# Thread: Finding the equation of a line from two given points.

1. ## Finding the equation of a line from two given points.

plz neeed help with this If a line passes through the points (-2, -4) and (3, -1), the equation of the line is y + 4 = 3/5(x + _____).

2. First find the equation of the line as $\displaystyle y=mx+b$. You know how do this right?
Now, $\displaystyle y+4=mx+b+4$ from which you should be able to factor $\displaystyle \frac{3}{5}$.

3. i dont know how to do this so 3/5 is the answer

4. Originally Posted by daniel323
i dont know how to do this so 3/5 is the answer
This question is supposed to be testing your understanding of and ability to recognize the point-slope equation.

Do you see it?

5. can u help with this problem also Yfrog Image : yfrog.com/j9math14p

6. Ok, first, the equation of the line should be of the form $\displaystyle y=mx+b$ where m is slope and given by $\displaystyle m=\frac{y_2-y_1}{x_2-x_1} = \frac{-1-(-4)}{3-(-2)} = \frac{3}{5}$.
Hence, $\displaystyle y=\frac{3}{5}x+b$. Still need to find b.
the point (-2,-4) belongs to the lines, hence: $\displaystyle -4=\frac{3}{5}\times (-2)+b$, therefore: $\displaystyle b = -4+\frac{6}{4} = -4+\frac{3}{2}$.
Hence, $\displaystyle y=\frac{3}{5}x-4+\frac{3}{2}$.
So, $\displaystyle y+4=\frac{3}{5}x+\frac{3}{2} = \frac{3}{5}(x+\frac{3/2}{3/5}) = \frac{3}{5}(x+\frac{5}{2})$.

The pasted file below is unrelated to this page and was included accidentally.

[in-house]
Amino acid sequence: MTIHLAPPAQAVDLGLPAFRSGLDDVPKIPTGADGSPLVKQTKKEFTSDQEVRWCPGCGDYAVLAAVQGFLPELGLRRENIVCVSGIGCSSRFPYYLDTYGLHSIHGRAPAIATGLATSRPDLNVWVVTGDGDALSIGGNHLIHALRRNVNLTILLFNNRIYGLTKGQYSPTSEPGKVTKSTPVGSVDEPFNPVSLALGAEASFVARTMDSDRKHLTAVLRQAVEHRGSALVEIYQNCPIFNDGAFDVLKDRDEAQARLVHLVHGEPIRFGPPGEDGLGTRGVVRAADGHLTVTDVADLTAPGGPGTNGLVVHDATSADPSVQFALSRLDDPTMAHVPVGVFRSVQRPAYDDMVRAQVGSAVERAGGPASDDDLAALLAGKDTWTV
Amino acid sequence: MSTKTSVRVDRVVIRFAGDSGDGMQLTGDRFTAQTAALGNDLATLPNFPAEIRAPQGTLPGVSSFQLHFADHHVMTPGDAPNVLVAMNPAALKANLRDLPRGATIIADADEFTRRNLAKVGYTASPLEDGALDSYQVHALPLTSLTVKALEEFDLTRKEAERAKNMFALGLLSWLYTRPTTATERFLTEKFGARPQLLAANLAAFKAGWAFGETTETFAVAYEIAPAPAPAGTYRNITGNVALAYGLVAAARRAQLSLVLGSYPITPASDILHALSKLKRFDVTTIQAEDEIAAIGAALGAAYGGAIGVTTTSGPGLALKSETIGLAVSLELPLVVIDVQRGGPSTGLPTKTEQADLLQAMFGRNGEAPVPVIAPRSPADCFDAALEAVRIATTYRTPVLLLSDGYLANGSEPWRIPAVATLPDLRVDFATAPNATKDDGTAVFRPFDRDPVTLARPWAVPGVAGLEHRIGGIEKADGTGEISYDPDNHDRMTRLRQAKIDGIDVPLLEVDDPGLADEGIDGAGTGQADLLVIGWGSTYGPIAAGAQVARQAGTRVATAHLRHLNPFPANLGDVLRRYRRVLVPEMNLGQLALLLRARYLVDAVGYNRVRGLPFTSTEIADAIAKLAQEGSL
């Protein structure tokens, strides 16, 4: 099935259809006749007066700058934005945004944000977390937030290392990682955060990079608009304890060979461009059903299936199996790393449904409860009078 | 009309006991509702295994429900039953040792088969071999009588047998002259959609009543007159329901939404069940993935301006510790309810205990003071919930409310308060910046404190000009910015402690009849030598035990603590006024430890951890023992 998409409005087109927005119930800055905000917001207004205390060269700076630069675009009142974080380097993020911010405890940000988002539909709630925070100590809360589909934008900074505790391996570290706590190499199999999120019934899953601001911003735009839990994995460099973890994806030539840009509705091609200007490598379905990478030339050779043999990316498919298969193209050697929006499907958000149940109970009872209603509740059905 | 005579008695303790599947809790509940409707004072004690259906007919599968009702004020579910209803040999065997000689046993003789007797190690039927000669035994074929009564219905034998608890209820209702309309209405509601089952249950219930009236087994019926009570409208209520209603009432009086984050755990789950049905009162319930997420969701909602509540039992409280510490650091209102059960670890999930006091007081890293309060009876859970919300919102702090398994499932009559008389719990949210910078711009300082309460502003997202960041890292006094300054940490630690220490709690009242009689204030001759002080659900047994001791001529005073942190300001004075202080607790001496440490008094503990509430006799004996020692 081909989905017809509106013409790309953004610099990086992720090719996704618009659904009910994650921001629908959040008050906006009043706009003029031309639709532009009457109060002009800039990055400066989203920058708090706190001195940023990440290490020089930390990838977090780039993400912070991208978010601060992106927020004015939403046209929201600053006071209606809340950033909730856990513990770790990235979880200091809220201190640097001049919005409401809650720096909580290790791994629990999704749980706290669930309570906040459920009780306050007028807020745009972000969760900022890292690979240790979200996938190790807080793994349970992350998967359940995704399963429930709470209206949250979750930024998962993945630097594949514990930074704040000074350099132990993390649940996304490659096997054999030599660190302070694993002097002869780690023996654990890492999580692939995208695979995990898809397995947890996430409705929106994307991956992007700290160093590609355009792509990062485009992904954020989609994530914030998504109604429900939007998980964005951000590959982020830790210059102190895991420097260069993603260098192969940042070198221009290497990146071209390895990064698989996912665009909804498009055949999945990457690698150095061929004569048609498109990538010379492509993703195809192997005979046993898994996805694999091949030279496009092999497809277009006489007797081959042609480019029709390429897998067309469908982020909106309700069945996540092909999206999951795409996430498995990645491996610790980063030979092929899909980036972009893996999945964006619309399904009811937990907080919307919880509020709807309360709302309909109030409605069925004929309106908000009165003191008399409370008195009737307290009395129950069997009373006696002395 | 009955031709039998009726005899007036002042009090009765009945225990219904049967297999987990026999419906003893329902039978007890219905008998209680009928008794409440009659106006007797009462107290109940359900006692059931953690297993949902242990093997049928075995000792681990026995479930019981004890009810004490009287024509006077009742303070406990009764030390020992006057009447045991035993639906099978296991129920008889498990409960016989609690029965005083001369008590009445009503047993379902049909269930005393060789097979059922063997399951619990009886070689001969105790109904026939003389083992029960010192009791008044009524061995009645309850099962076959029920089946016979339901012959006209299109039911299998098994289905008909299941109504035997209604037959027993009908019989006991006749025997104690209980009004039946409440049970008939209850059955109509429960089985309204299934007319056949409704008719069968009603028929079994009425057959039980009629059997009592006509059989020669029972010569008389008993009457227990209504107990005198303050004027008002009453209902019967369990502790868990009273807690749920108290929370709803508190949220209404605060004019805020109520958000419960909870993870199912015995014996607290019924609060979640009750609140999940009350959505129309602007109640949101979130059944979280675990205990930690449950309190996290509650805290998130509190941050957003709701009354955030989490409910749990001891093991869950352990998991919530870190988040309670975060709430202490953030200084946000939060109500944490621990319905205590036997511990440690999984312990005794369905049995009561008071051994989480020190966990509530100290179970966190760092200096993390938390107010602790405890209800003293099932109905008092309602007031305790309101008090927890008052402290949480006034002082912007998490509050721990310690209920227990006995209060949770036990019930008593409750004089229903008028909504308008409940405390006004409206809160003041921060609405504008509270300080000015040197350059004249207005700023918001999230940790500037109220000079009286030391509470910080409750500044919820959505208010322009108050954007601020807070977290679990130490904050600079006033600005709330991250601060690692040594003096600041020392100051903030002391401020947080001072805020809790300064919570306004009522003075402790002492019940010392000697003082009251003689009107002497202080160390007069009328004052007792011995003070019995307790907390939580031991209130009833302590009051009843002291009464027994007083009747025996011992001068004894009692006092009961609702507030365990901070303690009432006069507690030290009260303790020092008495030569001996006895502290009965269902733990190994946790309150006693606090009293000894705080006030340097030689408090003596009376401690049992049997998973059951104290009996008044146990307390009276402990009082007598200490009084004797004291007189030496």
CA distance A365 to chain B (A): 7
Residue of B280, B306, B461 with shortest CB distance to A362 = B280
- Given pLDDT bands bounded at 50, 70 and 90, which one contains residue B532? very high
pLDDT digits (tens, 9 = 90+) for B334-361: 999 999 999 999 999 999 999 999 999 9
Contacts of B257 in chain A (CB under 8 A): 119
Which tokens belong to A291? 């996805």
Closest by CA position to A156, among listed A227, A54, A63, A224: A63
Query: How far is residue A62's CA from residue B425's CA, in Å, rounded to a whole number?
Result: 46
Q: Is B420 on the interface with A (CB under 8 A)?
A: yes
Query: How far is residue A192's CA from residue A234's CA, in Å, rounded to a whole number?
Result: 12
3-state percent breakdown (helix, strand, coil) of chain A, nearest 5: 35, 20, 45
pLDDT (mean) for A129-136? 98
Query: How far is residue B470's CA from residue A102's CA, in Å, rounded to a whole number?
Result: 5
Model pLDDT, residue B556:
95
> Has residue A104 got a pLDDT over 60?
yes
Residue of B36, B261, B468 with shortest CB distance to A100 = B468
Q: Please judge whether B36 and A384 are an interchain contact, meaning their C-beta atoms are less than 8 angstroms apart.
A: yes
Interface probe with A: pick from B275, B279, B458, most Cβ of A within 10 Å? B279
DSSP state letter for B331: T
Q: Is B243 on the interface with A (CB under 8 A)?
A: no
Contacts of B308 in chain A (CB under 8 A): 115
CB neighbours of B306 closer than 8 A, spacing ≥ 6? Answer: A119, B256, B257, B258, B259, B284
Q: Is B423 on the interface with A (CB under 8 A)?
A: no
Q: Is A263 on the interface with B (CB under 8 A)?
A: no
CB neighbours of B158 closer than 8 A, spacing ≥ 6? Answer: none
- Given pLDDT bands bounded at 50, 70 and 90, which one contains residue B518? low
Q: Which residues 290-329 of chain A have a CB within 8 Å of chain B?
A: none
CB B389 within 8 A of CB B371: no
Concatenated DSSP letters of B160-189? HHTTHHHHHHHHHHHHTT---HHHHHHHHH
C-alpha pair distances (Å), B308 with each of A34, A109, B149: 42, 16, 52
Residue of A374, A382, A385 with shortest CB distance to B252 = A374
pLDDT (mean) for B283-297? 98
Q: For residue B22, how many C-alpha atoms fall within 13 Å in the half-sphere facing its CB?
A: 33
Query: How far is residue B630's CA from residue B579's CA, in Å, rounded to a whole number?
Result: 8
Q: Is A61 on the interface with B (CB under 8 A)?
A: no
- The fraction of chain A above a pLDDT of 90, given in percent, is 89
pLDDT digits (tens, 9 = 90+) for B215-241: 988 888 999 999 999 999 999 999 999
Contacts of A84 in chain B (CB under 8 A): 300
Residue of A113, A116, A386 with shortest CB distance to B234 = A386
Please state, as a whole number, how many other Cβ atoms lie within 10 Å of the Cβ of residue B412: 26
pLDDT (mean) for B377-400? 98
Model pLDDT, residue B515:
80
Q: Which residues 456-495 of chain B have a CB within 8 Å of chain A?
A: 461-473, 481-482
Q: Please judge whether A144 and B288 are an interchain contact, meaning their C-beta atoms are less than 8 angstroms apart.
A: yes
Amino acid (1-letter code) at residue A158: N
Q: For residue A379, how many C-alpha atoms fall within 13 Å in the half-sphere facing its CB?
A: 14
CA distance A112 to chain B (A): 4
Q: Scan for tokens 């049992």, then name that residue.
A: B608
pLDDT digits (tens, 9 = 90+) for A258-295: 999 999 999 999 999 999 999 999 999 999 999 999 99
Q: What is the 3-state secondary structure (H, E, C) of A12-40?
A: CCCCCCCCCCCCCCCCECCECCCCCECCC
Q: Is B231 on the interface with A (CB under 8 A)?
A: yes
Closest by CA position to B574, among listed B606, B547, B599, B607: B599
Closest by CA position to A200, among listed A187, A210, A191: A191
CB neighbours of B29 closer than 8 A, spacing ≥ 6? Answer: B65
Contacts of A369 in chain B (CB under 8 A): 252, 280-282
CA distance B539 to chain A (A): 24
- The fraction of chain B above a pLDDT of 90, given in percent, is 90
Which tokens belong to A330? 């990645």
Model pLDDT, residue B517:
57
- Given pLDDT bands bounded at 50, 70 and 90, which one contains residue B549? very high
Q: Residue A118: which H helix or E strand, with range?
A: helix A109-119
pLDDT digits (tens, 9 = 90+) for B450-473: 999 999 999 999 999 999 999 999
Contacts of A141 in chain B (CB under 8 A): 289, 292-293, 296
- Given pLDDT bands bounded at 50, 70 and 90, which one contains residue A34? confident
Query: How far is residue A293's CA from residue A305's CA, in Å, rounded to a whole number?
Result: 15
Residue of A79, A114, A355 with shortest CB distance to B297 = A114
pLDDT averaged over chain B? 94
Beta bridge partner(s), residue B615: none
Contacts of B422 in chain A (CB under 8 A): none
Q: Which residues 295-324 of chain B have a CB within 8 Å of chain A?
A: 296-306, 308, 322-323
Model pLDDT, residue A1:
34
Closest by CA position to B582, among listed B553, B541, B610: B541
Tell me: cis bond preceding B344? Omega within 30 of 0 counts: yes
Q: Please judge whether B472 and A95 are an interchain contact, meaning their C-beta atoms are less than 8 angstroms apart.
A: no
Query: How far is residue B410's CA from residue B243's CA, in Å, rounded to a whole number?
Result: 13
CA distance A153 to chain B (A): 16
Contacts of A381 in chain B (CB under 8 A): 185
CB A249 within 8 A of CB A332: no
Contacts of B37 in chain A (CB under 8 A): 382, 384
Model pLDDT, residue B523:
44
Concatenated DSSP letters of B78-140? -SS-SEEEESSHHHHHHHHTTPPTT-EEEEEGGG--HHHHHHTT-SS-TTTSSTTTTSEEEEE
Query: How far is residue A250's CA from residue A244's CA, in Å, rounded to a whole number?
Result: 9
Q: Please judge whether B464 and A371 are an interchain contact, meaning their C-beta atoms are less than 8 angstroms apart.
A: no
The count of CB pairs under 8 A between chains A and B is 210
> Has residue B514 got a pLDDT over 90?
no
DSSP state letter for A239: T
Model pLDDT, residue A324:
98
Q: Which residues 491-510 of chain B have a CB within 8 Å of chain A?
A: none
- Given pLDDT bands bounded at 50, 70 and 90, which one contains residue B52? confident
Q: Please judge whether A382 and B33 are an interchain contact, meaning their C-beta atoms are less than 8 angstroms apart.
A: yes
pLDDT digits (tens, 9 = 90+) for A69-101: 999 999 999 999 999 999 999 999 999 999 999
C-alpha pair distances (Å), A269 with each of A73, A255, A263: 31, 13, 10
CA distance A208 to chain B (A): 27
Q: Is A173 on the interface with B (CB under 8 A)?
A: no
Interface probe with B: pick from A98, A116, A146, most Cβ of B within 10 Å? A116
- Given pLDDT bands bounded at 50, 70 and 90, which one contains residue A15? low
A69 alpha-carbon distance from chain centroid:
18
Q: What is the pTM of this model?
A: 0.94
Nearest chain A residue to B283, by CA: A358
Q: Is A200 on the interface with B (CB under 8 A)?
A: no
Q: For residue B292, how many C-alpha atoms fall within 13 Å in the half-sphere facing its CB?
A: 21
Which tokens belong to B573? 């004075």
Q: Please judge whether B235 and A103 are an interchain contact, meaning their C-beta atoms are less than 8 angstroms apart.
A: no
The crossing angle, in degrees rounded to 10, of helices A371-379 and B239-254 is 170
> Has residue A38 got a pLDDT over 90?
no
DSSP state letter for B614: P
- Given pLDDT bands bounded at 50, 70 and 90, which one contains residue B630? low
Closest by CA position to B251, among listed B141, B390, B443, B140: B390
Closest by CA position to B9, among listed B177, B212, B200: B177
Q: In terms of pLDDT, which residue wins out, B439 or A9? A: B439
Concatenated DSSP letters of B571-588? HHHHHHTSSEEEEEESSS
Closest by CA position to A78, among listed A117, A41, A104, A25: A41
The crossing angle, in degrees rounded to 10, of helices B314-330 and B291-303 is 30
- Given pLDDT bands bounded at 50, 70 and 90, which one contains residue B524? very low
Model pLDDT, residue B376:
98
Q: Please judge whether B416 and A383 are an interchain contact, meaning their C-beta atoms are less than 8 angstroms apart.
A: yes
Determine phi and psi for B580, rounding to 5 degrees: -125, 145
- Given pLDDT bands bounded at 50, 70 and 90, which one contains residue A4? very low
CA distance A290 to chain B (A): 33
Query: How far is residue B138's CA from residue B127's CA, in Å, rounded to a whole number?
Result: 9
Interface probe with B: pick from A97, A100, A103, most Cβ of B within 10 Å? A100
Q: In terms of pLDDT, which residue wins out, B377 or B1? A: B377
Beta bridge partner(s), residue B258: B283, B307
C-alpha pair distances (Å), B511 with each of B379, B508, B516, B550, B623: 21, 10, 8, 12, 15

$\displaystyle \frac{5}{2}$ is the answer you need.

7. i got the first problem already but need second problem

8. For the second question, it is clear from the figure that the two lines are parallel. This means that they have the same slope, hence your answer is $\displaystyle -\frac{4}{3}$.

9. thank u so much.

10. Originally Posted by daniel323
plz neeed help with this If a line passes through the points (-2, -4) and (3, -1), the equation of the line is y + 4 = 3/5(x + _____).
Hi daniel323,

Are you familiar with the 'point-slope' form of a linear equation:

$\displaystyle y-y_1=m(x-x_1)$

Find your slope, which is already given to you as $\displaystyle \frac{3}{5}$

Use (-2, -4) as $\displaystyle (x_1, y_1)$ and the equation:

$\displaystyle y-y_1=m(x-x_1)$

And fill in the blank: $\displaystyle y-(-4)=\frac{3}{5}(x-(-2))\Longrightarrow \boxed{y+4=\frac{3}{5}(x+{\color{red}2})}$

2 is the answer you need.

Ok, first, the equation of the line should be of the form $\displaystyle y=mx+b$ where m is slope and given by $\displaystyle m=\frac{y_2-y_1}{x_2-x_1} = \frac{-1-(-4)}{3-(-2)} = \frac{3}{5}$.
Hence, $\displaystyle y=\frac{3}{5}x+b$. Still need to find b.
the point (-2,-4) belongs to the lines, hence: $\displaystyle -4=\frac{3}{5}\times (-2)+b$, therefore: $\displaystyle b = -4+\frac{6}{4} = -4+\frac{3}{2}$.
Hence, $\displaystyle y=\frac{3}{5}x-4+\frac{3}{2}$.
So, $\displaystyle y+4=\frac{3}{5}x+\frac{3}{2} = \frac{3}{5}(x+\frac{3/2}{3/5}) = \frac{3}{5}(x+\frac{5}{2})$.
$\displaystyle \frac{5}{2}$ is the answer you need.
I know the OP said this problem is already solved, but I'd just like to point out that there is an error here, there was a (6/4) where there should have been a (6/5), and the value for b is wrong.

Using point-slope equation, once you verify that the slope is (3/5), you can immediately see that the answer is 2.

Edit: Ah, masters beat me to it.

12. Oh!
sorry for that!
I had a typing mistake that got me all wrong,
So, 2 is the correct answer